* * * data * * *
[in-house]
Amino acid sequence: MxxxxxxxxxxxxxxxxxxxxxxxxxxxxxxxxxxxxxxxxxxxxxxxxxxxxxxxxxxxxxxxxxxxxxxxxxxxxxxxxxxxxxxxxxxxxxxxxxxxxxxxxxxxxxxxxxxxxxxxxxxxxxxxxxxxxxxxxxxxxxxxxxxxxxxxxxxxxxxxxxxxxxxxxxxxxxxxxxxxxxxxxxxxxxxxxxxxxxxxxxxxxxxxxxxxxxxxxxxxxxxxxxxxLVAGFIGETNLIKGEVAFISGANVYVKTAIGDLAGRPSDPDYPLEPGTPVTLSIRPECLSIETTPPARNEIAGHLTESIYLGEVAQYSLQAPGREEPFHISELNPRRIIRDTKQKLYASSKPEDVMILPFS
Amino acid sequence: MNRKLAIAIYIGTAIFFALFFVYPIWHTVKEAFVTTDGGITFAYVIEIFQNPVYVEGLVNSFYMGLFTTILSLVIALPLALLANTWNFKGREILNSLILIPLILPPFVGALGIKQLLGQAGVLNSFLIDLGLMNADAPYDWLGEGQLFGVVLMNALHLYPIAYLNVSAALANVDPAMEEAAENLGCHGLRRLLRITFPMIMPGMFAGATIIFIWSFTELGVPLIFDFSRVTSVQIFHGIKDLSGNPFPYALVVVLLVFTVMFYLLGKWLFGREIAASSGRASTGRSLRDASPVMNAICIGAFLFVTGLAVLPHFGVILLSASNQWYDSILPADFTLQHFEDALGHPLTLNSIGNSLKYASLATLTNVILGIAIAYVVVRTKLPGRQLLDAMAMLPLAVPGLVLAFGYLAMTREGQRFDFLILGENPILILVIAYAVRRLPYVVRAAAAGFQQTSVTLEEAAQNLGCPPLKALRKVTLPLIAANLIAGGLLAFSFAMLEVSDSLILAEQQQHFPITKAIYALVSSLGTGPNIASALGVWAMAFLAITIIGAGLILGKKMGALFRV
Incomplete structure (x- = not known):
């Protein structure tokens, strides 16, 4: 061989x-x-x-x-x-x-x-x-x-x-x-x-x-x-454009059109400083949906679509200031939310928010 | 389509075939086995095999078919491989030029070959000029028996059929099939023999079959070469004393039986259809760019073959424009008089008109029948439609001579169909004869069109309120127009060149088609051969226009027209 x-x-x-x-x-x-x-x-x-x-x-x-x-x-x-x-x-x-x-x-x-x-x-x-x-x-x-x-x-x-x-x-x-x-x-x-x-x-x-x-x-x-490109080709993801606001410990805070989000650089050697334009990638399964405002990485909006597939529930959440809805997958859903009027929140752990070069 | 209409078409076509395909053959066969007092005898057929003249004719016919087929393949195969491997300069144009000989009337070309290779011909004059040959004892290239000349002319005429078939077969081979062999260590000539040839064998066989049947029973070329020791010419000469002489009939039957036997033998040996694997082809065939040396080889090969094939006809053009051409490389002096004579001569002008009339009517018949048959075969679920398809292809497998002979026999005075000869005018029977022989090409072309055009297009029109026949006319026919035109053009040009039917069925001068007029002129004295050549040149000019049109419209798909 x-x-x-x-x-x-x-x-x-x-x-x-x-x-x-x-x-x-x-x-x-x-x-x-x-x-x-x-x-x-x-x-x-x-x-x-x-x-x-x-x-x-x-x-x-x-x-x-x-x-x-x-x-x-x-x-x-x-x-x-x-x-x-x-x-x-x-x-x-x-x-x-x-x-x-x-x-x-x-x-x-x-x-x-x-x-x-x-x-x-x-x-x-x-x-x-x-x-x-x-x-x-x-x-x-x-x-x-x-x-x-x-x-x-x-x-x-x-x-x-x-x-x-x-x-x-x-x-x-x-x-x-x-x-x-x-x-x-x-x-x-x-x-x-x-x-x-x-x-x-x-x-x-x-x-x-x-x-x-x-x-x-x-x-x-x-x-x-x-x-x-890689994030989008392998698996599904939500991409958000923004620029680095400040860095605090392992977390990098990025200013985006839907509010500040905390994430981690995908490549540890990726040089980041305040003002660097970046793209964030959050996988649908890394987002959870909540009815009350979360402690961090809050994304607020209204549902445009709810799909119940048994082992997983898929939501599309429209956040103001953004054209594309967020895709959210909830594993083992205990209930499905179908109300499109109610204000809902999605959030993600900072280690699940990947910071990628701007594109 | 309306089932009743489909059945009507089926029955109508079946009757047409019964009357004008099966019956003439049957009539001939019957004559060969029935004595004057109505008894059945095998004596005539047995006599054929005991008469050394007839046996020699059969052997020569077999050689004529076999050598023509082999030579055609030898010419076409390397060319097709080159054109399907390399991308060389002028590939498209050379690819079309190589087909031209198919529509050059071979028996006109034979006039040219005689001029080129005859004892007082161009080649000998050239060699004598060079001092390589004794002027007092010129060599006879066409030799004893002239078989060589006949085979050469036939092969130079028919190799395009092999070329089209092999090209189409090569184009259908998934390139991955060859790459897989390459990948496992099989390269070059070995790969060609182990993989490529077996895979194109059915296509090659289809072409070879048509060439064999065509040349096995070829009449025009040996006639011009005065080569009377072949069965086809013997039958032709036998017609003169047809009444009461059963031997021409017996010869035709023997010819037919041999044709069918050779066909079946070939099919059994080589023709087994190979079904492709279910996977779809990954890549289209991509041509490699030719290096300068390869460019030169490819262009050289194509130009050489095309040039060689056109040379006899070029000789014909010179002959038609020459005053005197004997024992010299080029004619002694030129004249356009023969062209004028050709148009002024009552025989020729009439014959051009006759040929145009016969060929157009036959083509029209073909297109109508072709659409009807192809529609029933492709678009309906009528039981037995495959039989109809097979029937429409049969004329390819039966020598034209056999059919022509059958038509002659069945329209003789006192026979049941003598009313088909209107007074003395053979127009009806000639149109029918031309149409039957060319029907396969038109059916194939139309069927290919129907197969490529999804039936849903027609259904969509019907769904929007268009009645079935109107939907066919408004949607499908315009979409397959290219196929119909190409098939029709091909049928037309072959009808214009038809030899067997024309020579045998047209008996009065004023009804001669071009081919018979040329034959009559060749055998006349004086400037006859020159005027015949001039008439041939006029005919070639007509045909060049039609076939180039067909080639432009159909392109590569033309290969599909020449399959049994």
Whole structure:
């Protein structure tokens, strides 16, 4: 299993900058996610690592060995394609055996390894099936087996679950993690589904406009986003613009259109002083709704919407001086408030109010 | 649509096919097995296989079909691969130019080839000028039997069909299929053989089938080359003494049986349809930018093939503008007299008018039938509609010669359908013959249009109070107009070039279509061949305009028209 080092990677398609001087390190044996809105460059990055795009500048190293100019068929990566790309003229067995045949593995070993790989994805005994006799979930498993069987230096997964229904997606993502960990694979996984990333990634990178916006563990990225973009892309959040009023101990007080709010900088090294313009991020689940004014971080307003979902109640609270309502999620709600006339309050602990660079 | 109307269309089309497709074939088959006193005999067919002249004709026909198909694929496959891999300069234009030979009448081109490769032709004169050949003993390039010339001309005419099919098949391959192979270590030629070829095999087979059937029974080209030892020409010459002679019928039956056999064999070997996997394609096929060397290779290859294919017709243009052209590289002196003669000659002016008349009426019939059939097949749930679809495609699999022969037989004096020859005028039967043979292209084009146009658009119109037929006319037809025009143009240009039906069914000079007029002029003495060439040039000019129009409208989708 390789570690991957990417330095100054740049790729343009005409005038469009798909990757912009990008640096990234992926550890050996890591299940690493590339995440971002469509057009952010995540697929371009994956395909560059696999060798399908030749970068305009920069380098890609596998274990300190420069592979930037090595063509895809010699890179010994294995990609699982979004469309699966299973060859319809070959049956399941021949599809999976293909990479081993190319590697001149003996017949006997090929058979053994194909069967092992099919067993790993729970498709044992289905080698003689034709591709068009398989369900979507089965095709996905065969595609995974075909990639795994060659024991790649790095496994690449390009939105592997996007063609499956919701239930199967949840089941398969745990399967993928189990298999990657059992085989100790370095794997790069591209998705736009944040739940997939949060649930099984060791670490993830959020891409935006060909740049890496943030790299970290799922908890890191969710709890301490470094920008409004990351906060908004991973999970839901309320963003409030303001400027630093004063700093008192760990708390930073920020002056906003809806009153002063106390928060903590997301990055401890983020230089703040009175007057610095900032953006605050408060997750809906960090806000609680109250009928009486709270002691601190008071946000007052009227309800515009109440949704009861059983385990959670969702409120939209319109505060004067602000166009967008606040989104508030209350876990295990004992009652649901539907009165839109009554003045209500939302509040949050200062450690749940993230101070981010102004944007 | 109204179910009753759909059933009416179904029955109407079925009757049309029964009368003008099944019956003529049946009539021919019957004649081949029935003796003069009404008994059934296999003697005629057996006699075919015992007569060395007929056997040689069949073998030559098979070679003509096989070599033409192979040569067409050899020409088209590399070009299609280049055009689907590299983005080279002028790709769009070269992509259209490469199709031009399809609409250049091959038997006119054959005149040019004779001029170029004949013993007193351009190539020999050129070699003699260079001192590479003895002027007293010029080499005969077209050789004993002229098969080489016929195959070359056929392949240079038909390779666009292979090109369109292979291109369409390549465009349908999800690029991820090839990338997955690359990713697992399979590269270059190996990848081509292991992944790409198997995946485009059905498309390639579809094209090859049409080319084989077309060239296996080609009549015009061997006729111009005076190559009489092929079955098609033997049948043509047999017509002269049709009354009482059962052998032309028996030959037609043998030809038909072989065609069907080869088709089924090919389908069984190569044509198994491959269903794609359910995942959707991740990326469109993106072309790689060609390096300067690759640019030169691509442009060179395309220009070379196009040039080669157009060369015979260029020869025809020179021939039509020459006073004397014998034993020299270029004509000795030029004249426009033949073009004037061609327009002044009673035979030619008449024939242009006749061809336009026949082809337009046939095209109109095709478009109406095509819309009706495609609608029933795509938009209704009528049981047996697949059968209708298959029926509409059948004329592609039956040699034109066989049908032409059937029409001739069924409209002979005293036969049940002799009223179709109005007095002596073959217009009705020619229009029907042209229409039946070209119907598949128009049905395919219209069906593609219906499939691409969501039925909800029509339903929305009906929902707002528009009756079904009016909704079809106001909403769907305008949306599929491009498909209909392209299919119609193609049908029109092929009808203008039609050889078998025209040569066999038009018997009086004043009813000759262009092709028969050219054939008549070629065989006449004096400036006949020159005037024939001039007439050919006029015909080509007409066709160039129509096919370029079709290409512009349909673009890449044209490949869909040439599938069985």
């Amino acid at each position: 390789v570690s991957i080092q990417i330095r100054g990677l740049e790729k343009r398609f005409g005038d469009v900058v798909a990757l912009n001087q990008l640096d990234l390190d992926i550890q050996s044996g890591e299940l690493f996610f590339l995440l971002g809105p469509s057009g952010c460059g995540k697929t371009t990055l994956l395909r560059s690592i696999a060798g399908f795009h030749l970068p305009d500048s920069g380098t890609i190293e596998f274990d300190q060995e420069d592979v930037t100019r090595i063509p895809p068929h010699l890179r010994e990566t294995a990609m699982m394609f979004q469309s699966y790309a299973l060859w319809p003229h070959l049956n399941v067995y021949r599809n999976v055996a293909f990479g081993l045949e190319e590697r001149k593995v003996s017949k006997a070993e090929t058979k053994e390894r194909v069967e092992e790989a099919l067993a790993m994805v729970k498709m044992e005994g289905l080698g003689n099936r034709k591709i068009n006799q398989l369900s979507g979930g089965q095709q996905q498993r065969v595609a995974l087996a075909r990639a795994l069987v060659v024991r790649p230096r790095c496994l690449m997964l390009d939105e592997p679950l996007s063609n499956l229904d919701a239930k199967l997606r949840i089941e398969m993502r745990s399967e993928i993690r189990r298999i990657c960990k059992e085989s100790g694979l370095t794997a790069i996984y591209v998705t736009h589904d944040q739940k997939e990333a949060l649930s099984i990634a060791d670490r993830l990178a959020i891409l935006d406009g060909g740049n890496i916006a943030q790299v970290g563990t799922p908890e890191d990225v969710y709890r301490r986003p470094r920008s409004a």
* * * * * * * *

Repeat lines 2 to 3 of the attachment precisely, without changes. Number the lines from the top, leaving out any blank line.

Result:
Amino acid sequence: MxxxxxxxxxxxxxxxxxxxxxxxxxxxxxxxxxxxxxxxxxxxxxxxxxxxxxxxxxxxxxxxxxxxxxxxxxxxxxxxxxxxxxxxxxxxxxxxxxxxxxxxxxxxxxxxxxxxxxxxxxxxxxxxxxxxxxxxxxxxxxxxxxxxxxxxxxxxxxxxxxxxxxxxxxxxxxxxxxxxxxxxxxxxxxxxxxxxxxxxxxxxxxxxxxxxxxxxxxxxxxxxxxxxLVAGFIGETNLIKGEVAFISGANVYVKTAIGDLAGRPSDPDYPLEPGTPVTLSIRPECLSIETTPPARNEIAGHLTESIYLGEVAQYSLQAPGREEPFHISELNPRRIIRDTKQKLYASSKPEDVMILPFS
Amino acid sequence: MNRKLAIAIYIGTAIFFALFFVYPIWHTVKEAFVTTDGGITFAYVIEIFQNPVYVEGLVNSFYMGLFTTILSLVIALPLALLANTWNFKGREILNSLILIPLILPPFVGALGIKQLLGQAGVLNSFLIDLGLMNADAPYDWLGEGQLFGVVLMNALHLYPIAYLNVSAALANVDPAMEEAAENLGCHGLRRLLRITFPMIMPGMFAGATIIFIWSFTELGVPLIFDFSRVTSVQIFHGIKDLSGNPFPYALVVVLLVFTVMFYLLGKWLFGREIAASSGRASTGRSLRDASPVMNAICIGAFLFVTGLAVLPHFGVILLSASNQWYDSILPADFTLQHFEDALGHPLTLNSIGNSLKYASLATLTNVILGIAIAYVVVRTKLPGRQLLDAMAMLPLAVPGLVLAFGYLAMTREGQRFDFLILGENPILILVIAYAVRRLPYVVRAAAAGFQQTSVTLEEAAQNLGCPPLKALRKVTLPLIAANLIAGGLLAFSFAMLEVSDSLILAEQQQHFPITKAIYALVSSLGTGPNIASALGVWAMAFLAITIIGAGLILGKKMGALFRV